Dragon Heads, Snake Tails

Sometimes a student will decide to fast during a three-day or seven-day Yong Maeng Jong Jin. They begin strong. First day, second day, only water.  Third day, "maybe I'll have a little orange juice."  Fourth day, "Maybe just a half slice of bread."  Fifth day, headache, "I think I'll take a little nap."  And then on the seventh day, starving so they stuff themselves.  This is what's called having the "Head of a dragon, but the tail of a snake."

If you decide to do something and you don't do it, that means you don't believe in yourself.  Perhaps in an interview, the teacher says: "What color is the wall?"


"Is that correct?"

You hesitate.  In that gap, you're already dead.  It's like fighting.  The master attacks.  How can you defend yourself?  You have to attack!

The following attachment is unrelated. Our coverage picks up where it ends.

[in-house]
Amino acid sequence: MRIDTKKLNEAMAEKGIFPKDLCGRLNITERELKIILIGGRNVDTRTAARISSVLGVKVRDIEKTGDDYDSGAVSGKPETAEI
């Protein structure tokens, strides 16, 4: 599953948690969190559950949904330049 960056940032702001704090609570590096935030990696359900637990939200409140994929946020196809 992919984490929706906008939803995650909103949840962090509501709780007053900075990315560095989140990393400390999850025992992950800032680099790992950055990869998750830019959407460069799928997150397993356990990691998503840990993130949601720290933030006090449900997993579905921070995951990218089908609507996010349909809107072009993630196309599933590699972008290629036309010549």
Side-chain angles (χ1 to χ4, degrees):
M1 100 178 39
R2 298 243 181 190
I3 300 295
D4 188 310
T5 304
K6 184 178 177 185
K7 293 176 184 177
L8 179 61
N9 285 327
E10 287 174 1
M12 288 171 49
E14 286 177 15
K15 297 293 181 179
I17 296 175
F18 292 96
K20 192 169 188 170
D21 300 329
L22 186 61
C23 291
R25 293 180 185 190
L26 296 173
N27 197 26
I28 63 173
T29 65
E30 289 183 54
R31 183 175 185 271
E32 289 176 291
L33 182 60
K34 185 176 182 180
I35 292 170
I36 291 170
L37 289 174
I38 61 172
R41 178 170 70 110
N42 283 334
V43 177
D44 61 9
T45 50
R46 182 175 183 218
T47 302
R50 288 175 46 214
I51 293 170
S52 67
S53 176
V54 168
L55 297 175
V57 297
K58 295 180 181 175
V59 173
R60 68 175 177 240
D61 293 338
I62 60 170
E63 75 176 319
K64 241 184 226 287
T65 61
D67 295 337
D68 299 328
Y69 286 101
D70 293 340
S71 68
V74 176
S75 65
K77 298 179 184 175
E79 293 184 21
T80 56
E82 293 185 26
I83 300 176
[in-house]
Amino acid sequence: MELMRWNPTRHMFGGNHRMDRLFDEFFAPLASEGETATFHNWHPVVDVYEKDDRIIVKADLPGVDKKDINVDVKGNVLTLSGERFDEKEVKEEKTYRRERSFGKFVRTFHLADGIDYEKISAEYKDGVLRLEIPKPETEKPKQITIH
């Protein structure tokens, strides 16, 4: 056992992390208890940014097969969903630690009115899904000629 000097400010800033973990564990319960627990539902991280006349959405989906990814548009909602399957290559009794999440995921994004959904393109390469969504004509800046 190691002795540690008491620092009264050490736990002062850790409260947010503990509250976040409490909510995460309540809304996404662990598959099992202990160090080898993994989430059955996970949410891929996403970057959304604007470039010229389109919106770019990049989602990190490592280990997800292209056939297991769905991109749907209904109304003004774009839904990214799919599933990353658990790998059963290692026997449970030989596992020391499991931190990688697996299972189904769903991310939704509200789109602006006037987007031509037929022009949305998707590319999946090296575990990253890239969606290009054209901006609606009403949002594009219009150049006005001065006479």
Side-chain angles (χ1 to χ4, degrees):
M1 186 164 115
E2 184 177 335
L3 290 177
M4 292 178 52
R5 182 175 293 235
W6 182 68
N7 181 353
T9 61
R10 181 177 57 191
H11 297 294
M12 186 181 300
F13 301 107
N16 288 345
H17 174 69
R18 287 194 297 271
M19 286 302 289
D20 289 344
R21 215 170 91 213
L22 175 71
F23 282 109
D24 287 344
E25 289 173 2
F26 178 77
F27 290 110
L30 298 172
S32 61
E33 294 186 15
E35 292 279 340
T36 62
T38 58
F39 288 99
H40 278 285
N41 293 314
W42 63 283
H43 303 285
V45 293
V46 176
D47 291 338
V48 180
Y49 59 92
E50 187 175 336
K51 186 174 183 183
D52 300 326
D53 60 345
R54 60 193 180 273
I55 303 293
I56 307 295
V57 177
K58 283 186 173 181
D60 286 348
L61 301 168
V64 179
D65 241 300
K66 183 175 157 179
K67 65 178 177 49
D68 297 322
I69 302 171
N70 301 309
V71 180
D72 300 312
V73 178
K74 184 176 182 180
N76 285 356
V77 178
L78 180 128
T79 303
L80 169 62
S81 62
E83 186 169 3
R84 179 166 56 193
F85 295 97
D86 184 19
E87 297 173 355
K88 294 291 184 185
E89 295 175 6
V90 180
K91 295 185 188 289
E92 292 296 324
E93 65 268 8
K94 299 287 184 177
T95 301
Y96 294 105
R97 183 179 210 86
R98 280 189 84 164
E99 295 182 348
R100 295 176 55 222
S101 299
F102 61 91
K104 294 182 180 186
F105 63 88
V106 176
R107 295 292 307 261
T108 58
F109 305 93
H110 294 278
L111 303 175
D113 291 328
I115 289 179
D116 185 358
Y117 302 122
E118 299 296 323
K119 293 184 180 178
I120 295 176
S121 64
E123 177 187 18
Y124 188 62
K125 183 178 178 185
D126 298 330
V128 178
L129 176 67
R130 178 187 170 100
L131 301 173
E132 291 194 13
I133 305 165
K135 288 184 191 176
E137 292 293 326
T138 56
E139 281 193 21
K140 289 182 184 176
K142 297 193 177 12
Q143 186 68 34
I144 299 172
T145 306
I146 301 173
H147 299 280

"Is that correct?"

"Are you hungry?"

Ask any child, "What's one plus two?"


"Is that correct?"

"Sure it's correct."  They believe in themselves, so they don't think about it.

"One plus two doesn't equal three"

"It does too! My teacher said so!" A child's mind doesn't shake so easily.  But Zen students! They cling to their thinking.

Throw a ball hard against the wall, it comes back hard.  Slow, it comes back slow. If the master takes out a sword, you take out your sword too!

This is like a clear mirror, only reflect.

"What color is that?"  This is a terrible question!

"You already know."

"I don't!"

"No? Then I'll teach you: white! This is only so-so."  You have to attack.